7. Choose the register type and time frame you wish to search.
- Narození or Geborene--baptisms
- Oddaní or Vertrauene--marriages
- Zemřelí or Gestorbene--deaths
- Narození or Geborene--baptisms
8. Click on the magnifying glass symbol in the last column under Obr.data or Bilddaten to browse the images. If you do not see the symbol, the images are not yet available.
- If you put your cursor over the number next to the Obce a list of villages included in that register will be displayed.
Registration is only required if you wish to post comments on the message board, use bookmark option, write notes and network with other researchers.
Reading the Records
Reading the records will be easier than you might think! Parish registers use only a few basic terms in any language, such as: father, mother, son, daughter, born, baptized, married, died. Personal and place names don't need to be translated, and dates often look very similar to English. More recent records are in columns, and by translating the column title, one can then easily read the pages. The basic vocabulary can be memorized for easy recognition, and other terms, such as occupations and relationships can be quickly translated, by consulting a genealogical word list.
Czech was not recognized as an official language until 1877 in Bohemia and 1905 in Moravia. Except for modern records of the 1900s, records in the Czech Republic were written mostly in Latin and German. These materials for learning to read German, Latin, and old Gothic script will be helpful in preparing you to read Czech church records.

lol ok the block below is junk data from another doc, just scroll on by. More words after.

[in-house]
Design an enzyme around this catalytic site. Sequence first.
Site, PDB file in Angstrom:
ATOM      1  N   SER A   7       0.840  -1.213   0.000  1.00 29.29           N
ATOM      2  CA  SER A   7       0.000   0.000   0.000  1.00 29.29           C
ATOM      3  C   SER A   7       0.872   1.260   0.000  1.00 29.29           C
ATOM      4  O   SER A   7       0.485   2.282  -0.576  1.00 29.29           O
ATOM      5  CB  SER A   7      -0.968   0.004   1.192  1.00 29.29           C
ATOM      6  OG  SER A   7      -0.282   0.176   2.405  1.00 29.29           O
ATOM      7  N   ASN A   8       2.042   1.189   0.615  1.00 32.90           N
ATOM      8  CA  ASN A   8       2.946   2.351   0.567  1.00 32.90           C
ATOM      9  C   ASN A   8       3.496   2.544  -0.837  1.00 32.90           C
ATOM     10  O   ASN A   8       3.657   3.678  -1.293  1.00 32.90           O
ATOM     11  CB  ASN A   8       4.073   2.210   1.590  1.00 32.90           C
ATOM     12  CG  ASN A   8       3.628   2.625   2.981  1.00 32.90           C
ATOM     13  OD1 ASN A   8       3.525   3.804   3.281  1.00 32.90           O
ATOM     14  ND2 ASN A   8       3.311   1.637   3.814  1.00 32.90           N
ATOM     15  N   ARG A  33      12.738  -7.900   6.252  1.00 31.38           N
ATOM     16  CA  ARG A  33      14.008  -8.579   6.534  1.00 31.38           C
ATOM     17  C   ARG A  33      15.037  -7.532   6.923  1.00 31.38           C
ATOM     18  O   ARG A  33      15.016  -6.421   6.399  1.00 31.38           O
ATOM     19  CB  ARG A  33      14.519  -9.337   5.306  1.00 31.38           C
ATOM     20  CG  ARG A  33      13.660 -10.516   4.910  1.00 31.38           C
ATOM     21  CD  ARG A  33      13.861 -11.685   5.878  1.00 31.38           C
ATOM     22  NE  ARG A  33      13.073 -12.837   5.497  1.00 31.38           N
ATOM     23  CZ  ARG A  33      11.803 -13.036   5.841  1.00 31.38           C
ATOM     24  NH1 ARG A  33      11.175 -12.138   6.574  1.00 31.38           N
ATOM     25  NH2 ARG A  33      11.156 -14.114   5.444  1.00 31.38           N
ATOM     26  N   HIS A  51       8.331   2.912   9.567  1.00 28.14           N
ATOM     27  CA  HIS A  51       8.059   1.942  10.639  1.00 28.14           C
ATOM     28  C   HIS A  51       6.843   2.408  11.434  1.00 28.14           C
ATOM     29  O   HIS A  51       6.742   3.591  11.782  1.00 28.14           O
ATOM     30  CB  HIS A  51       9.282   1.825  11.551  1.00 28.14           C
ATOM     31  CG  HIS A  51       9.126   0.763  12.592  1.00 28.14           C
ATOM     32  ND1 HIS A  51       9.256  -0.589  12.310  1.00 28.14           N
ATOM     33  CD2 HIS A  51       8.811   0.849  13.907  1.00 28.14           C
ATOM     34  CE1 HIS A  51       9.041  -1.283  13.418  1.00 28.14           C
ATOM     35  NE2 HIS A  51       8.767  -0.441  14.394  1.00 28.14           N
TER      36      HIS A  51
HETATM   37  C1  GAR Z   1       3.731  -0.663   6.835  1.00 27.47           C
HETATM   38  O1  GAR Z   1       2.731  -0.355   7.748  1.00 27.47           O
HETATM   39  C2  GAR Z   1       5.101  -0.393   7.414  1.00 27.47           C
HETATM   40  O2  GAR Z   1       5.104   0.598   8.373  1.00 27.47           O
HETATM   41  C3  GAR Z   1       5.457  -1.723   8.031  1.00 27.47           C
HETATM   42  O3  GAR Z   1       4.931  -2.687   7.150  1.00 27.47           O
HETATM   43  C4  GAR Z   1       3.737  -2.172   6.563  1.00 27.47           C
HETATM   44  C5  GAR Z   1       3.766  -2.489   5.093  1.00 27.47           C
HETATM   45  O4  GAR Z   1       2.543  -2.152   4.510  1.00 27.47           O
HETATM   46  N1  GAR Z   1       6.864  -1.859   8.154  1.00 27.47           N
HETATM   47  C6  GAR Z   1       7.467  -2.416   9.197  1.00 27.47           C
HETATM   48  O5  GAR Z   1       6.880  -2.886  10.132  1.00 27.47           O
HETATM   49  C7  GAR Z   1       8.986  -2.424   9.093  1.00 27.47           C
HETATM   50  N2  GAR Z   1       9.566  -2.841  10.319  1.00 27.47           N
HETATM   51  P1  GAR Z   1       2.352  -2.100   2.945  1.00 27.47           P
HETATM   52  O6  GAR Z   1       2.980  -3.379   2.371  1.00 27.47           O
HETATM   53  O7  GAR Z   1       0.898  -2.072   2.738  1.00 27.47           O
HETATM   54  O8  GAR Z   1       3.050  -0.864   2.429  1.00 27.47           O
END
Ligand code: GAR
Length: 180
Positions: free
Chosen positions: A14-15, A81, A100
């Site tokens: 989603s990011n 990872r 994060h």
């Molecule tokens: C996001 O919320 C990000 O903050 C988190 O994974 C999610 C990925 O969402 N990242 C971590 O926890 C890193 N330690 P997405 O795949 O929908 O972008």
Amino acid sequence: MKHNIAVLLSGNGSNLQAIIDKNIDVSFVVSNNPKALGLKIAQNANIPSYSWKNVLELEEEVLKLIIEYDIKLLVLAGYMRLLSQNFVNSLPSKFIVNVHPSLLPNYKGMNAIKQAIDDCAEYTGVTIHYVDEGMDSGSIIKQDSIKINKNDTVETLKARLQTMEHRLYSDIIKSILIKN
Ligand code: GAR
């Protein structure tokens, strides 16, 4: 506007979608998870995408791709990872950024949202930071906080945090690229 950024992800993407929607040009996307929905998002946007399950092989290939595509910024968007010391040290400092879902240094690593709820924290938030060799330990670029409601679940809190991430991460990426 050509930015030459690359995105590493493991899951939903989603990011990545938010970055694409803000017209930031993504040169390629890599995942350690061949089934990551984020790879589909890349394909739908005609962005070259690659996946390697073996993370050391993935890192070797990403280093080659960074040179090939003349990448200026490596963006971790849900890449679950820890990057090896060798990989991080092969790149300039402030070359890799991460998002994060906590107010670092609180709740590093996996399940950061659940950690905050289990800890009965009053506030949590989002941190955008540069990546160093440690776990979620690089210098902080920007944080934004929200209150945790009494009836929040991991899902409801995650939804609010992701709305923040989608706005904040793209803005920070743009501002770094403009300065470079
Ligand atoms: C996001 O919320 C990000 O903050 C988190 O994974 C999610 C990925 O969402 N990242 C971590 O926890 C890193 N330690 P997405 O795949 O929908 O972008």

- German Handwriting (article)
- Online interactive slideshow lessons:
- Reading German Handwritten Records Lesson 1: Kurrent Letters
- Reading German Handwritten Records Lesson 2: Making Words in Kurrent
- Reading German Handwritten Records Lesson 3: Reading Kurrent Documents. In this lesson, you will explore several types of German genealogical records, including birth, baptismal, marriage, and death records.
- German Script Tutorial
This converter will show you how any phrase or name might look in German script:
- Kurrentschrift Converter (enter German genealogical word, click on "convert", view your word in Kurrentschrift (Gothic handwriting):*Key Words and Phrases in Latin Records
Building a Family Record with a Search Strategy
Many articles on strategy are available on the Wiki, but here is a simple set of steps to guide you
- Search for the relative or ancestor you selected. When you find his birth/baptism/christening record, then search for the births of his brothers and sisters.
- Next, search for the marriage of his parents. The marriage record will have information that will often help you find the birth records of the parents, and even the names of their parents.
- You can estimate the ages of the parents and determine a birth year to search for their birth records.
- Search the death registers for all known family members.
- Repeat this process for both the father and the mother, starting with their birth records, then their siblings' births, then their parents' marriages, and so on.
- If earlier generations (parents, grandparents, etc.) do not appear in the records, search neighboring parishes.